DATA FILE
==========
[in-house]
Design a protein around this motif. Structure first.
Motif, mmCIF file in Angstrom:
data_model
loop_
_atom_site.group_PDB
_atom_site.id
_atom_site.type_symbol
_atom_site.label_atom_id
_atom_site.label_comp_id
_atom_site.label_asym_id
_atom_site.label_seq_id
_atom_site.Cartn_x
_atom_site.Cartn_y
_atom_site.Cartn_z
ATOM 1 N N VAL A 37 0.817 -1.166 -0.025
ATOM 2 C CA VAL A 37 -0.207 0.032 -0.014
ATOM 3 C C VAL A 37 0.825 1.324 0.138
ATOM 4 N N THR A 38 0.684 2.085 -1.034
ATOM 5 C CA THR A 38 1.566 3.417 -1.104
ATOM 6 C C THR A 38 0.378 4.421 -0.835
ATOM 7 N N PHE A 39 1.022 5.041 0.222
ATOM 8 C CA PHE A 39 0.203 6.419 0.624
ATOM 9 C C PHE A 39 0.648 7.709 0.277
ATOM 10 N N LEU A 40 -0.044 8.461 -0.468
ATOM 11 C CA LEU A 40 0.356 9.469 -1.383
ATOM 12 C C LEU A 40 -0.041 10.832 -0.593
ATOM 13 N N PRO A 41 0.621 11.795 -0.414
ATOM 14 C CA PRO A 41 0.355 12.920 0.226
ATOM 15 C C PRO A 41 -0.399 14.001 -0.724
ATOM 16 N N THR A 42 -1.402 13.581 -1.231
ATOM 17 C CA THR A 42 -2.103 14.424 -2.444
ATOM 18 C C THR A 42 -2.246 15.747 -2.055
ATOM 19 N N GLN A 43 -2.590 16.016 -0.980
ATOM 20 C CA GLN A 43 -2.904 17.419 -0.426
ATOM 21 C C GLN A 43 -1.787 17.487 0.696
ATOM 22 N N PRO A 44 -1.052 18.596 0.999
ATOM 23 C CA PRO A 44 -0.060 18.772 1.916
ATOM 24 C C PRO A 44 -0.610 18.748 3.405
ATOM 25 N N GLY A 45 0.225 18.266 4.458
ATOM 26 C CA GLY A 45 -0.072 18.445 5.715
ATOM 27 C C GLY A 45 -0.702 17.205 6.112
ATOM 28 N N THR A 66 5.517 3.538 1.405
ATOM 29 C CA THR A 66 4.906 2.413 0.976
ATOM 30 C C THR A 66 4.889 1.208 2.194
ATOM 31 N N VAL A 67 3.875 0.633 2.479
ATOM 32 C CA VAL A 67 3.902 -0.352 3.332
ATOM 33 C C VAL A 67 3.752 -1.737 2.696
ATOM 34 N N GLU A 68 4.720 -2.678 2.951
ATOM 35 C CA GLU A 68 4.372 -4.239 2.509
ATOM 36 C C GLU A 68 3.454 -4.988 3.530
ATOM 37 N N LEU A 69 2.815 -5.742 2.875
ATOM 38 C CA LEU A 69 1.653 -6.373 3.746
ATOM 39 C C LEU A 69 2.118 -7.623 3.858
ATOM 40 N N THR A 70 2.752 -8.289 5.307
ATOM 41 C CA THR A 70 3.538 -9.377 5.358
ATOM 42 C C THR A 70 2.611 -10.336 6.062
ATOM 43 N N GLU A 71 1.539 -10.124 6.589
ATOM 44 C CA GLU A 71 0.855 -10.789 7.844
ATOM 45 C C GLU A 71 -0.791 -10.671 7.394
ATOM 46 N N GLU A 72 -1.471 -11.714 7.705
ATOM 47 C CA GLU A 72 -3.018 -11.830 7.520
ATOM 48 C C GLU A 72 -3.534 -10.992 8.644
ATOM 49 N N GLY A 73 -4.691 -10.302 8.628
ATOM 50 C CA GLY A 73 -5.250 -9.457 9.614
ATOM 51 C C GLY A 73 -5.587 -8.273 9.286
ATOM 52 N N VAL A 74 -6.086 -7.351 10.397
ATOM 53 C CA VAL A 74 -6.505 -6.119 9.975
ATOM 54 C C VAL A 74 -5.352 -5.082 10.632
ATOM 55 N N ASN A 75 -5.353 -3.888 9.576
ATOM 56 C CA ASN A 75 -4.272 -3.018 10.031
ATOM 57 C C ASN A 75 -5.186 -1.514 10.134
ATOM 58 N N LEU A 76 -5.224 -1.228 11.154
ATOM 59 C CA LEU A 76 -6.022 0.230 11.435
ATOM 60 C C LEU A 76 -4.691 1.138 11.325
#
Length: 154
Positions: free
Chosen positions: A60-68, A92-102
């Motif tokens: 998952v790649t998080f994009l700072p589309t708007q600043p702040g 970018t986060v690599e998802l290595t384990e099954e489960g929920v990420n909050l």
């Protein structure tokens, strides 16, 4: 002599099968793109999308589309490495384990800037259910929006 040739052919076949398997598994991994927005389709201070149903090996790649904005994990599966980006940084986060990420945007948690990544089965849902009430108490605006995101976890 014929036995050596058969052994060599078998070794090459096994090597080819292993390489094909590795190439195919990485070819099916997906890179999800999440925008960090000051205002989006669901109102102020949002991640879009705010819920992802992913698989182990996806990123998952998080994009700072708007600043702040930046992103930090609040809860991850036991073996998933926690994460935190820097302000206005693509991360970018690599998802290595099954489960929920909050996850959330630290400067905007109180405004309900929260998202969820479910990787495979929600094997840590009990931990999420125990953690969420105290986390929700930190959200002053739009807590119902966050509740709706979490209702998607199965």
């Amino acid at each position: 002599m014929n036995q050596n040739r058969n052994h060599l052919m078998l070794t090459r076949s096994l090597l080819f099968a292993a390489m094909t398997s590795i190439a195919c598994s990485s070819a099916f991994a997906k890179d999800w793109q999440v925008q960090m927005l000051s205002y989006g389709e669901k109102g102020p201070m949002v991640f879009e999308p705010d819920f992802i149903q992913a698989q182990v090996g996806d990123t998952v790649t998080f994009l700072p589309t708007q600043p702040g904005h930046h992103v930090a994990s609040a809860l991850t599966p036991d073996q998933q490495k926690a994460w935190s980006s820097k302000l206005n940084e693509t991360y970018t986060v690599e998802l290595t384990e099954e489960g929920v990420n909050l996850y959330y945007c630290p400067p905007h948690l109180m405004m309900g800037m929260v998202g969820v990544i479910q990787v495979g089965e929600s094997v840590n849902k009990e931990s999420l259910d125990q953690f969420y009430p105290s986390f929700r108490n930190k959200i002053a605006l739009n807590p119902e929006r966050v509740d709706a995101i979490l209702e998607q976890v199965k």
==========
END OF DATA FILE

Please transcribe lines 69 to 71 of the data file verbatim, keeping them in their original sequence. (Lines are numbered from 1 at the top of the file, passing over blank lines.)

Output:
ATOM 54 C C VAL A 74 -5.352 -5.082 10.632
ATOM 55 N N ASN A 75 -5.353 -3.888 9.576
ATOM 56 C CA ASN A 75 -4.272 -3.018 10.031